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The Structural Evolution of Morality
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    Schulz, Armin W. 2016. Firms, agency, and evolution. Journal of Economic Methodology, Vol. 23, Issue. 1, p. 57.

    Wood, Daniel H. 2015. Informal property rights as stable conventions in hawk-dove games with many players. Journal of Evolutionary Economics, Vol. 25, Issue. 4, p. 849.

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    Hodgson, Geoffrey M. and Huang, Kainan 2012. Evolutionary game theory and evolutionary economics: are they different species?. Journal of Evolutionary Economics, Vol. 22, Issue. 2, p. 345.

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    NARENS, LOUIS JAMESON, KIMBERLY A. KOMAROVA, NATALIA L. and TAUBER, SEAN 2012. LANGUAGE, CATEGORIZATION, AND CONVENTION. Advances in Complex Systems, Vol. 15, Issue. 03n04, p. 1150022.

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    Guala, Francesco 2010. Cooperation in and out of the lab: a comment on Binmore’s paper. Mind & Society, Vol. 9, Issue. 2, p. 159.

    Zollman, Kevin J. S. 2010. The Epistemic Benefit of Transient Diversity. Erkenntnis, Vol. 72, Issue. 1, p. 17.

    Alexander, J. McKenzie 2009. Social Deliberation: Nash, Bayes, and the Partial Vindication of Gabriele Tarde. Episteme, Vol. 6, Issue. 02, p. 164.

    Schurz, Gerhard 2009. Meta-Induction and Social Epistemology: Computer Simulations of Prediction Games. Episteme, Vol. 6, Issue. 02, p. 200.

    Spiekermann, Kai P. 2009. Sort out your neighbourhood. Synthese, Vol. 168, Issue. 2, p. 273.

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Book description

It is certainly the case that morality governs the interactions that take place between individuals. But what if morality exists because of these interactions? This book, first published in 2007, argues for the claim that much of the behaviour we view as 'moral' exists because acting in that way benefits each of us to the greatest extent possible, given the socially structured nature of society. Drawing upon aspects of evolutionary game theory, the theory of bounded rationality, and computational models of social networks, it shows both how moral behaviour can emerge in socially structured environments, and how it can persist even when it is not typically viewed as 'rational' from a traditional economic perspective. This book also provides a theory of how moral principles and the moral sentiments play an indispensable role in effective choice, acting as 'fast and frugal heuristics' in social decision contexts.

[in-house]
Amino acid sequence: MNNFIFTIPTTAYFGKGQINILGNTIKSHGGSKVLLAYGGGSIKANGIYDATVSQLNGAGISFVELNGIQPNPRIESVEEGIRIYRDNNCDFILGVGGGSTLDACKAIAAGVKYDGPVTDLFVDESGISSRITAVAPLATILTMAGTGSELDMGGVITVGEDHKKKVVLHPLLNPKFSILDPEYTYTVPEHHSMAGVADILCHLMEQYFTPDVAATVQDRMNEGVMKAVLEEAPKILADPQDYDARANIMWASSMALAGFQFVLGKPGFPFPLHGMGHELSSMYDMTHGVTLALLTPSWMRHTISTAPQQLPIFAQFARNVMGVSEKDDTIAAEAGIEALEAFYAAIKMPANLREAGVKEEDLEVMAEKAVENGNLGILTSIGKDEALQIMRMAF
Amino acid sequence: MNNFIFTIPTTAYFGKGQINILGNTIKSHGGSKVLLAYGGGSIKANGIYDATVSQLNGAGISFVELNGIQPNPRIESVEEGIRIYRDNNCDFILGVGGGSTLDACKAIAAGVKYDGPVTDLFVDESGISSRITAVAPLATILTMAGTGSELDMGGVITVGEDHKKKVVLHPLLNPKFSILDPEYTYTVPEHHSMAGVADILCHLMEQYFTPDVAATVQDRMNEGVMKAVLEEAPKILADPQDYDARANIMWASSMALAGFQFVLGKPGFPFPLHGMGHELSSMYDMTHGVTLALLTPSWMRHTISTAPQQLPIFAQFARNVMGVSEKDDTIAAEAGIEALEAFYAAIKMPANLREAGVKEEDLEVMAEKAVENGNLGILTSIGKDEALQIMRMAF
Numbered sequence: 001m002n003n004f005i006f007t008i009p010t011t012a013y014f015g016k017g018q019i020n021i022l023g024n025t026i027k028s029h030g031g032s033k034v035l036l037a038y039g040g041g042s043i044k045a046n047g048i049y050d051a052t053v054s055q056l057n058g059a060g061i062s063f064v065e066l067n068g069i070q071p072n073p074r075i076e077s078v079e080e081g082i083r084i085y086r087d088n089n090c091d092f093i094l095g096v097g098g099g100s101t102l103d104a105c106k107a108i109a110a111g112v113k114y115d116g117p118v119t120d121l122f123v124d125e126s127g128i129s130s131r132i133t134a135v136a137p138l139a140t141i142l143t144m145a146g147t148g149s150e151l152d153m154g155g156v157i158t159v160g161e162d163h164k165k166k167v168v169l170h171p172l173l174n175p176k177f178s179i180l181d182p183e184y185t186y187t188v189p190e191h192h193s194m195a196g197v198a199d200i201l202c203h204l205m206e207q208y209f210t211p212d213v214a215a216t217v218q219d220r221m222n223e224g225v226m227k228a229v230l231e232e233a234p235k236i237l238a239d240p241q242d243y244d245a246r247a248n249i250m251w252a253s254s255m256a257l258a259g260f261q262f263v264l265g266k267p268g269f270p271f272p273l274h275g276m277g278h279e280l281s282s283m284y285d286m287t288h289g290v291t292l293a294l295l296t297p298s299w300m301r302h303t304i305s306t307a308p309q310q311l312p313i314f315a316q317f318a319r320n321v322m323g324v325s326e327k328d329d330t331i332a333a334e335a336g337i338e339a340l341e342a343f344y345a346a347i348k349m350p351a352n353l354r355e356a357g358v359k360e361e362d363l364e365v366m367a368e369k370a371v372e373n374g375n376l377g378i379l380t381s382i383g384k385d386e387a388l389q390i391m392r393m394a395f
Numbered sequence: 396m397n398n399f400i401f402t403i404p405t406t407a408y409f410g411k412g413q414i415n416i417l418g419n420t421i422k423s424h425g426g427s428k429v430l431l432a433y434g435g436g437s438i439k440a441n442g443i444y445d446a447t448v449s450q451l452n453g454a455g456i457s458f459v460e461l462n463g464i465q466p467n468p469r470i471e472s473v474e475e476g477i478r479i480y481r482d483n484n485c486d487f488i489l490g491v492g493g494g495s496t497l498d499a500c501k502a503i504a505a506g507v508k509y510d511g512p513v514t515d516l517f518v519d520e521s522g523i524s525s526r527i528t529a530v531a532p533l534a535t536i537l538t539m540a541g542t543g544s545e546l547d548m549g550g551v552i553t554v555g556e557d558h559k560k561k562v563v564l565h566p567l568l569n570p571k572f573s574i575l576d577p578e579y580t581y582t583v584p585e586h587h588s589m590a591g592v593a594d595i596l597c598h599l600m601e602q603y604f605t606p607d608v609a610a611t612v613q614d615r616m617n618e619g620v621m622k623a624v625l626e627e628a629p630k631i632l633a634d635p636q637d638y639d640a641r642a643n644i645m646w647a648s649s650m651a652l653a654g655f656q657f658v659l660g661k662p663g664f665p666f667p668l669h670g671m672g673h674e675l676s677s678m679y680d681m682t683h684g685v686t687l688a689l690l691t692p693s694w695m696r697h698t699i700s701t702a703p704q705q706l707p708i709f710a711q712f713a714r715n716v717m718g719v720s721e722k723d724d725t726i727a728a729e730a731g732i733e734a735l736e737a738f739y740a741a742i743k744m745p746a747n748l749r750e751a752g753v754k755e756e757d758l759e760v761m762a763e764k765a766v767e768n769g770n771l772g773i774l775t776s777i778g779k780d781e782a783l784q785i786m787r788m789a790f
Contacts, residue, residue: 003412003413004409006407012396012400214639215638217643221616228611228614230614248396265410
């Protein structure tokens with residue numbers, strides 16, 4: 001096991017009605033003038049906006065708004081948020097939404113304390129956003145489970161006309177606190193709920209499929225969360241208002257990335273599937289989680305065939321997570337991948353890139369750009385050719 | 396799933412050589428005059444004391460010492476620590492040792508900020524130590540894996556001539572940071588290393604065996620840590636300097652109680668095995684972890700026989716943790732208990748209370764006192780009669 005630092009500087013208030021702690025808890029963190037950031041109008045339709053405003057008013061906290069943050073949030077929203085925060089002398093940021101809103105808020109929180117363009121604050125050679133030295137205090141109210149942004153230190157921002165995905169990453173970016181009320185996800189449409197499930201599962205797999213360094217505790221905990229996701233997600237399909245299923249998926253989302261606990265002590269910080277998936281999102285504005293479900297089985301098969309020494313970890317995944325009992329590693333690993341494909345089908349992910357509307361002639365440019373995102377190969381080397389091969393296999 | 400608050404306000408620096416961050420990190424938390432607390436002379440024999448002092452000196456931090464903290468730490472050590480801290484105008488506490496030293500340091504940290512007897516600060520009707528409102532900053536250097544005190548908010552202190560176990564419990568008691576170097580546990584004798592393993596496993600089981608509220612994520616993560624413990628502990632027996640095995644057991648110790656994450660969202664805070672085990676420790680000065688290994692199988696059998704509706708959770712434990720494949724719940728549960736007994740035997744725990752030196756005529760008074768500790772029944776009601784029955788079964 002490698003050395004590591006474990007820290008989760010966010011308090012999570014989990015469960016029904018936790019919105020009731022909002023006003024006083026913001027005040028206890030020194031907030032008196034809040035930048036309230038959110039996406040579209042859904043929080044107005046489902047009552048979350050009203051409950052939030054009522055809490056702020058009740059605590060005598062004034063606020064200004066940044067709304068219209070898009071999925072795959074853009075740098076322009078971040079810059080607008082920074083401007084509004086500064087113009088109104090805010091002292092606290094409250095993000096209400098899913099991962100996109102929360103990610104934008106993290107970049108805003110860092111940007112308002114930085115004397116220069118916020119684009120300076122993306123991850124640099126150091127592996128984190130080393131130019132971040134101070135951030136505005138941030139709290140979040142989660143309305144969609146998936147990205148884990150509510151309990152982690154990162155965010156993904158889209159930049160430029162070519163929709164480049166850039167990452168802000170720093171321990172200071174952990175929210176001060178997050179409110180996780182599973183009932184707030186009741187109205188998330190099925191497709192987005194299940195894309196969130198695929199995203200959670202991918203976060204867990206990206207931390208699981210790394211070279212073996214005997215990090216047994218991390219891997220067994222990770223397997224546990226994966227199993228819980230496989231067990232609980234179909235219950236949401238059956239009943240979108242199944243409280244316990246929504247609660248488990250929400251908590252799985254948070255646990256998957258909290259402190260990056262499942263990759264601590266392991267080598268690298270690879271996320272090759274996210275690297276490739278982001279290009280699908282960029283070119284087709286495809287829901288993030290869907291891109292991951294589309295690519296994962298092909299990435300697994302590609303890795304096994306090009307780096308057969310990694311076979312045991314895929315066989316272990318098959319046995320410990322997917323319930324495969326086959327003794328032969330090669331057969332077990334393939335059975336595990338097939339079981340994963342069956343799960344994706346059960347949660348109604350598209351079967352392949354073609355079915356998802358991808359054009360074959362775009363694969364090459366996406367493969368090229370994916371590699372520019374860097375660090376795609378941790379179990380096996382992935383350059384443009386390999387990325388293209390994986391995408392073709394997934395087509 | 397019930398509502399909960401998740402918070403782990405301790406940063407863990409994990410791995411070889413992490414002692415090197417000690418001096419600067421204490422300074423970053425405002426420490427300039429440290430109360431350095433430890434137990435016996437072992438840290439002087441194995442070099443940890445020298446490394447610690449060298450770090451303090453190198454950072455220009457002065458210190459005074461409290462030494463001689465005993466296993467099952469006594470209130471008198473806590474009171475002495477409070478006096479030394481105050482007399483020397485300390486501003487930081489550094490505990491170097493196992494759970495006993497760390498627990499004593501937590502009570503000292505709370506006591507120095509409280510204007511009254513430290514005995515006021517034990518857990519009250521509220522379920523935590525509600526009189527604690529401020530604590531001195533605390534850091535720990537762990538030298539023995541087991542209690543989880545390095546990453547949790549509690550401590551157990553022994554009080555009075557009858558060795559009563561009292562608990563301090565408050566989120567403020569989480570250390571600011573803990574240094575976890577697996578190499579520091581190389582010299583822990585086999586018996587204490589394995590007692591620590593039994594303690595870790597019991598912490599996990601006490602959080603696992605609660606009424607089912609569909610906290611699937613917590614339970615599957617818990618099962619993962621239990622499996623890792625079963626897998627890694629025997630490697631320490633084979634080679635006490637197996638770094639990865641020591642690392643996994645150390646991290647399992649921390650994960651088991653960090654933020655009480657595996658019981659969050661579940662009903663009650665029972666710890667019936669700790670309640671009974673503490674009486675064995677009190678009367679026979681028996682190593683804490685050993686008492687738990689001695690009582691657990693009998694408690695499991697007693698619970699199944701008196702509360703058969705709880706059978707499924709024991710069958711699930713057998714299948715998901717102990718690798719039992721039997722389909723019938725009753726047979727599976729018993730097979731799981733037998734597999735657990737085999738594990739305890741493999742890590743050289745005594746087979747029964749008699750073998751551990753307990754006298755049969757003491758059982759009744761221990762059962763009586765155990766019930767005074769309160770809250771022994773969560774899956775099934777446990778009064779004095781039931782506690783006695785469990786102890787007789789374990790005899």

Review of the hardback:'This is an important book for philosophers as well as social scientists. It clearly models how pro-social behavior can emerge in social networks, and shows which network structures are most conducive to the development of co-operation, trust or fairness. The book advances our understanding of evolutionary games, since it makes them more realistic and applicable to the complex social structures we live in.'

Cristina Bicchieri - University of Pennsylvania

Review of the hardback:'… this work is certain to be invaluable to anyone following the road laid by Brian Skyrms. Additionally, I recommend this book to many of those unconvinced about the possibility of making the leap from an explanation of thin morality to a thick account. … this work makes an important contribution to political philosophy and to the social sciences more broadly.'

Source: Church History

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